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9 Community forestry in the Philippines: a country report - Felix M. Eslava Jr.[10]


ABSTRACT

The paper reviews the different reasons that led to the emergence of community forestry as an approach to forest resources development and management in the Philippines. It then traces the evolution of community forestry from the time it started as a bottom-up approach (1970s) mainly to stabilize individual upland farms to one that covers different forest land areas and land-use mixes (1990s). As to the status of the programme, the paper noted a shortfall in the forest land area between what the programme envisioned to be placed under community management in 1998 and what is presently under the communities’ care. Notwithstanding this difference, the area managed by forest communities is very much wider than what is now under the management of timber operators (5.3 million ha against 1.4 million ha). This indicates a significant shift in the government’s forest management approach in favour of forest-dependent communities. However, the issue is whether the forest communities can manage the forest areas in a sustainable way. The paper then looks briefly at the measures that are being undertaken by some forest communities. Issues that confront the implementation of community forestry in the Philippines constitute the last topic of the paper.

INTRODUCTION

There are several reasons that led to the emergence of community forestry or community-based forest management in the Philippines. In their review of the literature, Guiang et al. (2001) came out with the following reasons. While some of these were derived from literature published outside the country, they seem to hold true also in the Philippines.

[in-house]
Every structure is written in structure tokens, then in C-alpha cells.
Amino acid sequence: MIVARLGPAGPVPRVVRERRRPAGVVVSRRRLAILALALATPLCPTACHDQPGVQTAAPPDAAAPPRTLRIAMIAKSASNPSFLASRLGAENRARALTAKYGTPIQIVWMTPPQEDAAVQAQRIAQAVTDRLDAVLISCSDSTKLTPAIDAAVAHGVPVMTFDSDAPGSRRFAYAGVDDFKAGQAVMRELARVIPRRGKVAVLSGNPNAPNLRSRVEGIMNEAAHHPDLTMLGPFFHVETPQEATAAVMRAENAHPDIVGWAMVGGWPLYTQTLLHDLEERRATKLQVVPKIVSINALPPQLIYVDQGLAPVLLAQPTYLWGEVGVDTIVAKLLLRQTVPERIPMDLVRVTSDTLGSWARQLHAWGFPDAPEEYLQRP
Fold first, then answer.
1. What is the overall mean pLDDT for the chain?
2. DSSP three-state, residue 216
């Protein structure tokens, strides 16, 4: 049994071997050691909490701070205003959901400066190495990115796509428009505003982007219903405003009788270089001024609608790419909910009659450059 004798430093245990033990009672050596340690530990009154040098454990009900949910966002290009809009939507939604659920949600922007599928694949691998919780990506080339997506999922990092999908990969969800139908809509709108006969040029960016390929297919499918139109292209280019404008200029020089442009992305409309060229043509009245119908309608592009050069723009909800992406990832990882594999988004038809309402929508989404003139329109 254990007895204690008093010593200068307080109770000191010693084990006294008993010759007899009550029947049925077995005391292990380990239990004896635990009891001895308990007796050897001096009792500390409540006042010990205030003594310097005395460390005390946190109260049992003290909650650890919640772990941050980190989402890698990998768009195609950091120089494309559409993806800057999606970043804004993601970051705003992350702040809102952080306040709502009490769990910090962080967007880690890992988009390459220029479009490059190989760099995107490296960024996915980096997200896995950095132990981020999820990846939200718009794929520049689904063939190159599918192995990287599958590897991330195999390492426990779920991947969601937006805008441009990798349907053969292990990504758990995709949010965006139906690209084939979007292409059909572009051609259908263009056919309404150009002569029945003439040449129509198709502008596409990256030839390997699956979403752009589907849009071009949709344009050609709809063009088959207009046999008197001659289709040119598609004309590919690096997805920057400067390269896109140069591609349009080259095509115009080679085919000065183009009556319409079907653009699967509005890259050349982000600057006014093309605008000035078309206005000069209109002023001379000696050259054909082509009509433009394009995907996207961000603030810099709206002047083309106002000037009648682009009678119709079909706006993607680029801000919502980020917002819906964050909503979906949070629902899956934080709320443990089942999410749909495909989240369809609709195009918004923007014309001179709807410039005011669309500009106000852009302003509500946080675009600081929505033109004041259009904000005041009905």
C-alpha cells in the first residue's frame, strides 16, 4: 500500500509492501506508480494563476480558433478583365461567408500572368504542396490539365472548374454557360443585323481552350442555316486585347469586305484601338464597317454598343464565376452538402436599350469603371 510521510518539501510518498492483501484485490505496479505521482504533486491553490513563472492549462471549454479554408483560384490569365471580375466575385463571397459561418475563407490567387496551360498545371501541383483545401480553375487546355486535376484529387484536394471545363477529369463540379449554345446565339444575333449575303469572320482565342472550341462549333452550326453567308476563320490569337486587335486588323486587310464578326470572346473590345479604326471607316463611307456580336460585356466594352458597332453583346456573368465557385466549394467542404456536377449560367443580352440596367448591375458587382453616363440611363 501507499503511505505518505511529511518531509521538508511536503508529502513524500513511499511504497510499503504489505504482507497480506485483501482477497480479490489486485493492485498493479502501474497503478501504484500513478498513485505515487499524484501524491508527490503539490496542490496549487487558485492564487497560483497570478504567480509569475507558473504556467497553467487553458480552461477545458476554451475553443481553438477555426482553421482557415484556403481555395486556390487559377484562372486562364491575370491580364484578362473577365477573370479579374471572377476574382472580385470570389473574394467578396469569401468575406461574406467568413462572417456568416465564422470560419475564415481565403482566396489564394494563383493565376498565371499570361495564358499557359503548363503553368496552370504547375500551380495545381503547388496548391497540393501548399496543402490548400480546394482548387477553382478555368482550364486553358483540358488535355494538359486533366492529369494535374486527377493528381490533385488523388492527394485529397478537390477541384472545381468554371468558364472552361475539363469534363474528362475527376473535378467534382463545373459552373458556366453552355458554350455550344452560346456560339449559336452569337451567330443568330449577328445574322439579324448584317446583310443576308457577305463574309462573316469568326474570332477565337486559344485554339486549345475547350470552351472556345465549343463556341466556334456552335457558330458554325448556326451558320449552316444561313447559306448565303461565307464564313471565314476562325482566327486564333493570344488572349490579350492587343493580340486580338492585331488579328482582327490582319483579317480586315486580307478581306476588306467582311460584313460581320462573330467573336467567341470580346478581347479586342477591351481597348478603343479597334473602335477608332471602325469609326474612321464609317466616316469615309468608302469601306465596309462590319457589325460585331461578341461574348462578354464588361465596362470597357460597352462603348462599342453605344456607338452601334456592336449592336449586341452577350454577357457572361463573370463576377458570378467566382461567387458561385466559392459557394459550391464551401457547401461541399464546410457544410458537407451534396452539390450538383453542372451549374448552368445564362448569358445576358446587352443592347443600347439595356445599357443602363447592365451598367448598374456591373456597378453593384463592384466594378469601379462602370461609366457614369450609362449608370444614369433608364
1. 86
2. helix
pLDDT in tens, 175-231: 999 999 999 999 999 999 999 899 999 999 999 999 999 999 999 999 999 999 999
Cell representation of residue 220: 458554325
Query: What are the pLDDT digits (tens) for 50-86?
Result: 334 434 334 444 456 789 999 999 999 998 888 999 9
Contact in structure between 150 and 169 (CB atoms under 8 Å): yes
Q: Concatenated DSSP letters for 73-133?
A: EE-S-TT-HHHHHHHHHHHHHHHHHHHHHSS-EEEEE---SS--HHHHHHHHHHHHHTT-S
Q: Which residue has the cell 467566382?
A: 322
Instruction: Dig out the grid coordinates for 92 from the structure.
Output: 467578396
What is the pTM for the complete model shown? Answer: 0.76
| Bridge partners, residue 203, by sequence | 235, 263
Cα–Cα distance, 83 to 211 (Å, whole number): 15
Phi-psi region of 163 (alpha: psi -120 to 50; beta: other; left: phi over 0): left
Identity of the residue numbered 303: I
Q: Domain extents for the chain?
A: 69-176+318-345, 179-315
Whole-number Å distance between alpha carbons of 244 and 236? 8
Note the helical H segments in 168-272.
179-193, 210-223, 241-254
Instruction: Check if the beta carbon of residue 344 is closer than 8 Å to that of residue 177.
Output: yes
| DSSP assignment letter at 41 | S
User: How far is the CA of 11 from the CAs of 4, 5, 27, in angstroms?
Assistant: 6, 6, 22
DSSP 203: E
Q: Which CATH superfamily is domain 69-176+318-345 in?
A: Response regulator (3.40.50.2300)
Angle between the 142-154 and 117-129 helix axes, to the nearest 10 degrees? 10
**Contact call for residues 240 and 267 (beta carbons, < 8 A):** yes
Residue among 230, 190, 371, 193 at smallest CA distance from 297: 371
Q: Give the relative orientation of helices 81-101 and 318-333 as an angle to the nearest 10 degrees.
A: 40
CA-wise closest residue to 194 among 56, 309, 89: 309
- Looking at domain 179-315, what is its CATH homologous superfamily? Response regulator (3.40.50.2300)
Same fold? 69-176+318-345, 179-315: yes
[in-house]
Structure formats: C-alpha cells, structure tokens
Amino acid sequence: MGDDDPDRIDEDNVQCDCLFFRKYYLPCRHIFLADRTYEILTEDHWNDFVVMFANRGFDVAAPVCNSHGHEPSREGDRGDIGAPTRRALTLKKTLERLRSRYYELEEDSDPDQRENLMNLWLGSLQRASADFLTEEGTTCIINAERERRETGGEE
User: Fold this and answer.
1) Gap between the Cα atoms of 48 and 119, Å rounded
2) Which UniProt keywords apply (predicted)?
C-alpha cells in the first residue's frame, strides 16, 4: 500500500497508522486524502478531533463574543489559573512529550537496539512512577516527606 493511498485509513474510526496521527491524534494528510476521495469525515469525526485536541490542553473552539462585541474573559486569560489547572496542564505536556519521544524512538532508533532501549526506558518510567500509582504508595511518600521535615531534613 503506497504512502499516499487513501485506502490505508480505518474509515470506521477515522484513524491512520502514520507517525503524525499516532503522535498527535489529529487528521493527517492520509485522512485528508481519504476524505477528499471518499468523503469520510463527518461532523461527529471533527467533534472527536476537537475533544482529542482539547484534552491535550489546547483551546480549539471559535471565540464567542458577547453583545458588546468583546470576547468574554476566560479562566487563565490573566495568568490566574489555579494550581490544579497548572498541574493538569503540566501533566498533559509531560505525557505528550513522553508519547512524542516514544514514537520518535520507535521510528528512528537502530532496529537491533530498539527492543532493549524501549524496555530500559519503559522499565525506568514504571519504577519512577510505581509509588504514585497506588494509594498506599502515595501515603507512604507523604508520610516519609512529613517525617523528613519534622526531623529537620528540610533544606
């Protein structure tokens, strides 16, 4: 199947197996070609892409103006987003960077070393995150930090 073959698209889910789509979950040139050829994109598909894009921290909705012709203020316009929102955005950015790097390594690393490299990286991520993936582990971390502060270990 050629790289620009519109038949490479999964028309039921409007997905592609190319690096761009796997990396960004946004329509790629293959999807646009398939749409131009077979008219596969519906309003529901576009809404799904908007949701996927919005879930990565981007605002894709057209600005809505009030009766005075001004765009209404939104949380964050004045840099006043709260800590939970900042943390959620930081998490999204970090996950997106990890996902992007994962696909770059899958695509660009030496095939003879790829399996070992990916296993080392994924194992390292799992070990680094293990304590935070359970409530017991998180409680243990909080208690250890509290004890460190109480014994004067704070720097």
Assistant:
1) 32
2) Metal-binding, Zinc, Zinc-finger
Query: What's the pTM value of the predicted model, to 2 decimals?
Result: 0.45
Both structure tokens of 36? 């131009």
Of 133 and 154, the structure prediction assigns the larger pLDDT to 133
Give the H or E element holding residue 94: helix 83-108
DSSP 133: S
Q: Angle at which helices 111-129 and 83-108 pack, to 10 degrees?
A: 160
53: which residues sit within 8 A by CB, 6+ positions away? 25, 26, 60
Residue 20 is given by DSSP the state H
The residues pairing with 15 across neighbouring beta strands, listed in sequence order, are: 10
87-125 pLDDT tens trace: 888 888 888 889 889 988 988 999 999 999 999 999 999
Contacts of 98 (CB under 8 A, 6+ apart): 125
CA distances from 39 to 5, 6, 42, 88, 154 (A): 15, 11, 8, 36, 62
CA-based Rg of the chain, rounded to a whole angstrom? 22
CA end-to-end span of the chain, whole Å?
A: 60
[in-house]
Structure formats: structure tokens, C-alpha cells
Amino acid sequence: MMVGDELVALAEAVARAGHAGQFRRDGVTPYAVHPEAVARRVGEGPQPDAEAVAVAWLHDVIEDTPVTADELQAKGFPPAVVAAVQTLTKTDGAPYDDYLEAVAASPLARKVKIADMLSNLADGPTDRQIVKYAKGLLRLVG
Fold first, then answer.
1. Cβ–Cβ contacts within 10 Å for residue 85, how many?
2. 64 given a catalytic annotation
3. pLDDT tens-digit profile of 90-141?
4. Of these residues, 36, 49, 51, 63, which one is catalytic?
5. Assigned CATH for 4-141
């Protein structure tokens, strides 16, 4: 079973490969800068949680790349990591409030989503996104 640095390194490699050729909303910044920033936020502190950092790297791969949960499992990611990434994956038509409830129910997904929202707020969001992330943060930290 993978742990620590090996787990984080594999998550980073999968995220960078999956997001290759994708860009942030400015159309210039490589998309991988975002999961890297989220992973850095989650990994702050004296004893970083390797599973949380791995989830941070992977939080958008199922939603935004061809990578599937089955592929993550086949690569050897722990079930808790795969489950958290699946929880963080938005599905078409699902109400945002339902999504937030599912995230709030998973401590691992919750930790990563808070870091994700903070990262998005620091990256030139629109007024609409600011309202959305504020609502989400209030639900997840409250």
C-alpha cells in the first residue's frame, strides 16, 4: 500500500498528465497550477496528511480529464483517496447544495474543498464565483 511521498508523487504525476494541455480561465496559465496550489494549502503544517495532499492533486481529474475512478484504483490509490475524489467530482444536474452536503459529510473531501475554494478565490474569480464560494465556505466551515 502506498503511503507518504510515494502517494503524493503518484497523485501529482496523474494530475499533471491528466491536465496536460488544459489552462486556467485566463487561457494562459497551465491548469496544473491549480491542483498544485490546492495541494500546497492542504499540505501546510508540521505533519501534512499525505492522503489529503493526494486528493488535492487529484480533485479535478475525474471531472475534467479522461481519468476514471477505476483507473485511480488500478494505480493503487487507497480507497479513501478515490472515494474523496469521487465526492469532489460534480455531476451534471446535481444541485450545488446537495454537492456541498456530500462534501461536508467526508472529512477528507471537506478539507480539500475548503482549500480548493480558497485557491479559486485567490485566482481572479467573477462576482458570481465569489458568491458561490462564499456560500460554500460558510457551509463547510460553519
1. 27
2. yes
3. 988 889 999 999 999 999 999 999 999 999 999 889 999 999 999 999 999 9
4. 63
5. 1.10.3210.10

1. dismal performance of the state in forest governance;

2. unequal opportunities provided to different sectors of the society in forest resource management which appeared to favour more the rich than forest-dependent communities;

3. forest dependent communities having larger stake in sustainable forest management as their survival is dependent on this resource base;

4. local communities having better knowledge and understanding of the terrain, the resources, their constraints and opportunities;

5. many forest-user groups have developed knowledge systems and institutions allow to regulate local forest use;

6. when decisions, programmes and projects are done by those who should know them best (the people themselves), responsiveness, effectiveness and efficiency optimally obtained;

7. forest protection and sustainable use more effectively achieved when local communities plan and implement these themselves;

8. local communities being in a better position to respond to such emergencies as fire outbreaks, encroachment, or timber poaching;

9. both indigenous peoples and migrants having been the subject of government neglect and gross injustice for a long time either through inequitable resource allocation, or outright displacement by favoured logging or mining concessionaires;

10. community forestry viewed as concrete effort to realize the national ideals of democracy and social justice.

Notably these reasons expanded as community forestry in the Philippines also expanded in its coverage and scope. In this connection, it may be appropriate to present a historical sketch on how community forestry started in the country.